For thoughts from the first week of Fight Back 2020 Festival, click here.
I’m used to theatre festivals meaning a few weeks of running around, subsisting on sandwiches slightly squashed in pockets as I clock up the kilometres between venues, and taking up residence in corner seats of theatre or near-the-theatre cafés imbibing coffee and probably crisps as I type up my reviews in the brief gaps between shows. It has felt a little strange to travel no further than the distance between the back garden where I lazed in the sun watching the first two of this week’s performances, to the couch in the sitting room where I watched the second two performances after the breeze outside threatened to steal the pages I was writing on. However, though Fight Back 2020 Festival is not a normal theatre festival, it has still brought the work of some of Ireland’s talented writers and performers to the fore.
The second week of the festival opened with a delightful monologue written by Ultan Pringle. Toffee, performed by Clelia Murphy, tells the story of a Aisling, who is going on a first date with a woman at the National Gallery Café. While she waits for her date to arrive, she tells the audience about her experience of going to university in her mid-40s, after a divorce, and raising her two grown up children. There are no major twists or surprises in the 15-minute monologue, but none are needed. Exactly the sort of heart-warming story that is called for in these trying times, Toffee is as sweet as its title.
Day six of the festival brings another love story, but not such a straightforward one. A hilarious and slightly bizarre lockdown story, Ali Hardiman’s Hug takes the form of a lockdown diary inspired by Matt Damon’s video diaries in The Martian. As she grumbles about her neighbours, reminisces about her childhood friend Jack, and reveals the difficulties in her family. Bringing an interesting twist to escapism, Clíodhna, played by Madi O’Carroll, will certainly make you laugh but will also make you pause and think.
Ella Skolimowski’s monologue Pandemic Panic, tells the story of a very different reaction to the Covid-19 lockdown. Aneta Dina Kedar plays a very stressed character who is struggling to manage her OCD while in lockdown. Though the monologue is funny in moments, it is also a tense watch which clearly conveys the fear and panic that the character is feeling.
The final day of Week 2 brought a comic story of a time machine in a wardrobe. Written by David Halpin and performed by Jed Murray, Backwards and Forwards takes the form of a FaceTime call, in which the main character is excitedly discussing the dilemma of whether to go backwards or forwards in time with his newly constructed wardrobe time machine in order to save the world. Though it is light-hearted and funny on the surface, Backwards and Forwards, like many of the other monologues this week, also conveys the frustration and uncertainty of a character in lockdown.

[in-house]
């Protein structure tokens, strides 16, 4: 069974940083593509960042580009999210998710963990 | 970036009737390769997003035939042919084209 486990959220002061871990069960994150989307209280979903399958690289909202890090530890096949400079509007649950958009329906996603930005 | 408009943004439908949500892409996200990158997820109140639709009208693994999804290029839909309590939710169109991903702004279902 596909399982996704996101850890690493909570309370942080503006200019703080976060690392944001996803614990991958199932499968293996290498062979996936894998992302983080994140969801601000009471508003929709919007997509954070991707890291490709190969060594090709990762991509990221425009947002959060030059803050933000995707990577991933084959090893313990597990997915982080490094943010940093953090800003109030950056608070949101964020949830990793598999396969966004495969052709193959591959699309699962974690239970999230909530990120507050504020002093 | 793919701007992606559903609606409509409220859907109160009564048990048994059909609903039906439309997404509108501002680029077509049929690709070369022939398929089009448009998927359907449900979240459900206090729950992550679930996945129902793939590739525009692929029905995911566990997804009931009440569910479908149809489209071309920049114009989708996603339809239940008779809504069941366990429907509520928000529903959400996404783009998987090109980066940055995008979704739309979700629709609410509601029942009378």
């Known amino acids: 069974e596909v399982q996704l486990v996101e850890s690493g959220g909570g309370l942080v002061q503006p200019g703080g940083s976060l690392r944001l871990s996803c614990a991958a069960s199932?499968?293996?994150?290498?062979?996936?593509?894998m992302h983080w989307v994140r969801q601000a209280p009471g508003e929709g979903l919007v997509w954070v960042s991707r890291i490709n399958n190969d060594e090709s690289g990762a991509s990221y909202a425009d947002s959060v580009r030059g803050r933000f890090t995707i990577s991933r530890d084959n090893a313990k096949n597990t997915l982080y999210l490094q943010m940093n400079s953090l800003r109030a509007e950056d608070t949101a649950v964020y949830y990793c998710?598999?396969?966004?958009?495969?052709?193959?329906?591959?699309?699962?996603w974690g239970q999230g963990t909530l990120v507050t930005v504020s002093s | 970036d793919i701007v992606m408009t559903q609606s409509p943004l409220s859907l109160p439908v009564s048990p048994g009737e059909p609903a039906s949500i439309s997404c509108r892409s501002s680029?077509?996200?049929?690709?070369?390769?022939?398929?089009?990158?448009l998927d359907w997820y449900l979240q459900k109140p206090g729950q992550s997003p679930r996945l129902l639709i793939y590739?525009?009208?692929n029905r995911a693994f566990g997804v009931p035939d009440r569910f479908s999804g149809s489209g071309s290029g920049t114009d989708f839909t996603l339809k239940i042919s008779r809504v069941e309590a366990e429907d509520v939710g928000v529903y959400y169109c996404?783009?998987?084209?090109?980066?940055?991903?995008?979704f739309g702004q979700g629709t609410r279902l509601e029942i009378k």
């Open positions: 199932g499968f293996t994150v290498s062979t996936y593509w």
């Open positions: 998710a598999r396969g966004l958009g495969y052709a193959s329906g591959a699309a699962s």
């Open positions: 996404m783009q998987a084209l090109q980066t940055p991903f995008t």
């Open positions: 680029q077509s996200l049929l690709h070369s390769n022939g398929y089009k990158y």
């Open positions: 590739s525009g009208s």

Fight Back 2020 Festival continues until 24th April.
I’m sure I’m not the only one who has felt the pang of absence lately upon hanging up a phone call, FaceTime or Zoom chat. Though these technologies help us to stay in touch, and bridge the gap between one isolated household and another, they also highlight the distance that is separating us. The slightly pixelated images of friends on your screen, constrained by the reach of their webcam, as you have an online “pub” session during lockdown serves to remind us of the things that we are missing. A chat over zoom can’t really replace the feeling of walking into the pub and seeing your mates sitting at a table in the corner, a packet of crisps torn open in the middle of the table for sharing, someone already mid-scéal as you sit down and join them.
It has been uplifting to see the ingenuity, community spirit and enthusiasm that has been displayed by the theatre sector from the outset of this lockdown. The theatres closed, but people stepped quickly into the breach and began generously sharing work online. Amid this wave of creative generosity though, I can’t help but feel a cold current of absence running through it. When we move theatre online, we lose a lot of what makes theatre what it is. Like the Zoom “pub” gatherings, though a great deal of care and talent is evident in them, these online theatrical offerings remind us of the things that we love about theatre that are missing.
As I watched the first week’s plays in The New Theatre and takeyourseats.ie’s Fight Back 2020 Festival, this feeling of absence was brought into focus. The four works told engaging stories, written and performed by talented artists but throughout them all, the lack of so many vital elements of live theatre were brought into focus on camera.